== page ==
By Lisa Mak
Today is the last day of Domestic Violence Awareness Month, so let’s take a moment to reflect on the prevalence of domestic violence in our country. The press has no shortage of coverage on the issue when celebrities are involved, such as the recent leak of a video showing NFL player Ray Rice punching his then-fiancée in an elevator. However, the press largely ignores the real-world challenges faced by domestic violence victims. One challenge is maintaining employment while trying to get out of an abusive relationship. In most states, a domestic violence victim can still be fired due to the abuser’s conduct, based on an employer’s misguided safety or productivity concerns.
This is one of the shocking things I learned during my two years as a volunteer counselor on a domestic violence hotline. During that time, I counseled many victims who had different reasons for hesitating to leave the abusive relationship. Some victims were still in love with their abuser, or were too afraid of the violent aftermath if they tried to leave. Some cited a lack of a support network, as their partner had isolated them from family and friends. Still others were financially dependent on their abuser, who prevented them from working or had sabotaged every job they ever had.
In 2013, Carie Charlesworth, a teacher in San Diego, brought national attention to the economic vulnerability of domestic violence victims when she was fired after her abusive ex-husband invaded her workplace and placed the school on lockdown. Even though Charlesworth had a restraining order against her ex and had called the police, the school still fired her for safety concerns – essentially punishing her and her 4 children for her partner’s crime by taking away her livelihood.
As a result, Charlesworth became a strong proponent of SB 400, a new law protecting domestic violence victims from job termination. Enacted in 2013 and effective this year, SB 400 changed Labor Code sections 230 and 230.1 to prohibit an employer from firing or discriminating against an employee based on his or her known status as a victim of domestic violence, sexual assault, or stalking. The law also requires employers to provide reasonable safety accommodations for victims at the workplace, such as changing a phone number or relocating an employee’s desk.
With this new law, California joined 6 other states – Connecticut, Hawaii, Illinois, New York, Oregon, and Rhode Island – to specifically protect DV victims from employment discrimination. But that means that in 43 other states, there is still no protection or recourse for victims who are fired because of their status. That is appalling, considering that on average, approximately 20 people per minute in the U.S. are victims of physical violence by an intimate partner. About 1 in 4 women will experience some form of domestic violence in her lifetime.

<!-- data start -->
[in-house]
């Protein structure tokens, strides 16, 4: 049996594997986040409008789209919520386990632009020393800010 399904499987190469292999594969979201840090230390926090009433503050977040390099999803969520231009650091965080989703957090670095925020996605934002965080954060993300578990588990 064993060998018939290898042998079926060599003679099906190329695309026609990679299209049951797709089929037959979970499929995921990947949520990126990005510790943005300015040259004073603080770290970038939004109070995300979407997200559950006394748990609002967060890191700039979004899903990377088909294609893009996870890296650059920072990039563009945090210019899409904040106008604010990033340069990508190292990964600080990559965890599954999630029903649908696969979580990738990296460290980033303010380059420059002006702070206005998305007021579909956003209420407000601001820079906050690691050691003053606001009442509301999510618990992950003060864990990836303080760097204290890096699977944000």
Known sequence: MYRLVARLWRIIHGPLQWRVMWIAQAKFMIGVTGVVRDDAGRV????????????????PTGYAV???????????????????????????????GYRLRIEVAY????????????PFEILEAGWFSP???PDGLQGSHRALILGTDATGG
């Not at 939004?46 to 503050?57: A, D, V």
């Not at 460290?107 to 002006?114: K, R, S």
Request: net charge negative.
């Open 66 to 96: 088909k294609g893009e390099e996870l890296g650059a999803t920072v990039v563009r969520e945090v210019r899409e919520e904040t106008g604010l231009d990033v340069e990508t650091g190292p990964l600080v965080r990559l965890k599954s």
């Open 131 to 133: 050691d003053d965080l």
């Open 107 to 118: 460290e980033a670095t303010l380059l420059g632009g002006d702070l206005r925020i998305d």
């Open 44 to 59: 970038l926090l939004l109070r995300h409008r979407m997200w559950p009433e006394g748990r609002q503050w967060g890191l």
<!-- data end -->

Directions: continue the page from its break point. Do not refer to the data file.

For many victims, maintaining stable employment is critical for escaping the abusive relationship and for supporting themselves after leaving their partner. A 2012 study reported that 74 percent of women nationwide stayed with an abusive partner for a longer time due to economic reasons. In California, studies have shown that nearly 40 percent of DV survivors were fired or feared termination due to domestic violence. Laws like SB 400 protect victims who are often in a very vulnerable financial position. We need such laws in every state.
Some states do allow victims to take time off work for DV-related issues, such as obtaining a restraining order or testifying in court. But those laws are woefully inadequate. What good is it when an employee has a restraining order in hand but no job to go back to? How will she support herself while trying to be financially independent from her abuser?
Even without such laws, companies would be well-served by implementing policies to protect such vulnerable employees. Intimate partner violence is not just a “family” problem – it’s also a business issue. Employees who suffer from domestic violence or workplace harassment by their partner understandably may miss more work and be less productive. If the abuser visits the workplace, this could also be extremely disruptive to a company’s operations. Yet surprisingly, a 2006 study found that over 70 percent of U.S. workplaces did not have a formal program or policy addressing workplace violence. Even in those private sector workplaces that did have such programs, less than half addressed DV issues.
Firing victims of domestic violence does more than take away the financial security that can allow victims to leave their abuser. It also perpetuates the stigma of abuse and discourages other victims from reporting their experiences. It re-victimizes them and takes away the last shred of self-worth they may have.
It takes an incredible amount of courage for DV victims to exit their abusive relationships. Let’s not make it harder by putting their employment at risk too.